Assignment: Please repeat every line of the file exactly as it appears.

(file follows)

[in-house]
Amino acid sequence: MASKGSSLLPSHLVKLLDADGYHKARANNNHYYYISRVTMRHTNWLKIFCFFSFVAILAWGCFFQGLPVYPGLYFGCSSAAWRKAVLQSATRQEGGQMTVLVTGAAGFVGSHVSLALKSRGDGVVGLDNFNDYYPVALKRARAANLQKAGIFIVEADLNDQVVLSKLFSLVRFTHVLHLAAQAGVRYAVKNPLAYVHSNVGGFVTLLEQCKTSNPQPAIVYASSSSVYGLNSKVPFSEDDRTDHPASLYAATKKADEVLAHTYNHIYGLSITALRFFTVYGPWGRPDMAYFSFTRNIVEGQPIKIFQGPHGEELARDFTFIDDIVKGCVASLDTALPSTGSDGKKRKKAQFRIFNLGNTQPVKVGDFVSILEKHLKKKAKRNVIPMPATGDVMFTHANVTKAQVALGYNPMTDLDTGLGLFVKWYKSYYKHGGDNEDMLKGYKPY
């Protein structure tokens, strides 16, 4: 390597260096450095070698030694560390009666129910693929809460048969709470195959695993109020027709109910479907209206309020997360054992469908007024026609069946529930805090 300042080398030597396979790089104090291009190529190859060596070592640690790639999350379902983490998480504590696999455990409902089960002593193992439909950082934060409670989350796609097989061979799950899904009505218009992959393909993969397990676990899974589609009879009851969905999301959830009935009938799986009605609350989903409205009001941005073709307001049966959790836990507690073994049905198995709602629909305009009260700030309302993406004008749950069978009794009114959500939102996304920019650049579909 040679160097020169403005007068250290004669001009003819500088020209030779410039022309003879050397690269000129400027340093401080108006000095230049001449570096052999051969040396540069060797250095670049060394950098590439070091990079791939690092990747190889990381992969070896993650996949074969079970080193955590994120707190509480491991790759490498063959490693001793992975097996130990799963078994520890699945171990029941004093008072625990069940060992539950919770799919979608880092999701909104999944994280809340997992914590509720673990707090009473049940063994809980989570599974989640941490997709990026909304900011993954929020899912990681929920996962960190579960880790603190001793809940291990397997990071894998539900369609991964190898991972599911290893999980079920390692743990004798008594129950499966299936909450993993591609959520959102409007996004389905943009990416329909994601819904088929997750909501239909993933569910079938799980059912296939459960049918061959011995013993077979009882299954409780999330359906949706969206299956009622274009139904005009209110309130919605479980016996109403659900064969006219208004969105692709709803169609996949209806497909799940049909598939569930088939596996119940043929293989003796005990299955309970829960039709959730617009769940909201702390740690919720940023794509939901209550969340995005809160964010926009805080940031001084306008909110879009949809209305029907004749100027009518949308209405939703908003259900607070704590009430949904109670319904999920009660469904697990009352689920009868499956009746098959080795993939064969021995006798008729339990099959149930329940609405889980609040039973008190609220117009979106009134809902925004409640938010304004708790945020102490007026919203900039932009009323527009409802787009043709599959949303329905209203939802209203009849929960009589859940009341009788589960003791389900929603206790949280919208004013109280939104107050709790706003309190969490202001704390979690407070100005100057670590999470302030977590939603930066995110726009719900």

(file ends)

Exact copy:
[in-house]
Amino acid sequence: MASKGSSLLPSHLVKLLDADGYHKARANNNHYYYISRVTMRHTNWLKIFCFFSFVAILAWGCFFQGLPVYPGLYFGCSSAAWRKAVLQSATRQEGGQMTVLVTGAAGFVGSHVSLALKSRGDGVVGLDNFNDYYPVALKRARAANLQKAGIFIVEADLNDQVVLSKLFSLVRFTHVLHLAAQAGVRYAVKNPLAYVHSNVGGFVTLLEQCKTSNPQPAIVYASSSSVYGLNSKVPFSEDDRTDHPASLYAATKKADEVLAHTYNHIYGLSITALRFFTVYGPWGRPDMAYFSFTRNIVEGQPIKIFQGPHGEELARDFTFIDDIVKGCVASLDTALPSTGSDGKKRKKAQFRIFNLGNTQPVKVGDFVSILEKHLKKKAKRNVIPMPATGDVMFTHANVTKAQVALGYNPMTDLDTGLGLFVKWYKSYYKHGGDNEDMLKGYKPY
């Protein structure tokens, strides 16, 4: 390597260096450095070698030694560390009666129910693929809460048969709470195959695993109020027709109910479907209206309020997360054992469908007024026609069946529930805090 300042080398030597396979790089104090291009190529190859060596070592640690790639999350379902983490998480504590696999455990409902089960002593193992439909950082934060409670989350796609097989061979799950899904009505218009992959393909993969397990676990899974589609009879009851969905999301959830009935009938799986009605609350989903409205009001941005073709307001049966959790836990507690073994049905198995709602629909305009009260700030309302993406004008749950069978009794009114959500939102996304920019650049579909 040679160097020169403005007068250290004669001009003819500088020209030779410039022309003879050397690269000129400027340093401080108006000095230049001449570096052999051969040396540069060797250095670049060394950098590439070091990079791939690092990747190889990381992969070896993650996949074969079970080193955590994120707190509480491991790759490498063959490693001793992975097996130990799963078994520890699945171990029941004093008072625990069940060992539950919770799919979608880092999701909104999944994280809340997992914590509720673990707090009473049940063994809980989570599974989640941490997709990026909304900011993954929020899912990681929920996962960190579960880790603190001793809940291990397997990071894998539900369609991964190898991972599911290893999980079920390692743990004798008594129950499966299936909450993993591609959520959102409007996004389905943009990416329909994601819904088929997750909501239909993933569910079938799980059912296939459960049918061959011995013993077979009882299954409780999330359906949706969206299956009622274009139904005009209110309130919605479980016996109403659900064969006219208004969105692709709803169609996949209806497909799940049909598939569930088939596996119940043929293989003796005990299955309970829960039709959730617009769940909201702390740690919720940023794509939901209550969340995005809160964010926009805080940031001084306008909110879009949809209305029907004749100027009518949308209405939703908003259900607070704590009430949904109670319904999920009660469904697990009352689920009868499956009746098959080795993939064969021995006798008729339990099959149930329940609405889980609040039973008190609220117009979106009134809902925004409640938010304004708790945020102490007026919203900039932009009323527009409802787009043709599959949303329905209203939802209203009849929960009589859940009341009788589960003791389900929603206790949280919208004013109280939104107050709790706003309190969490202001704390979690407070100005100057670590999470302030977590939603930066995110726009719900």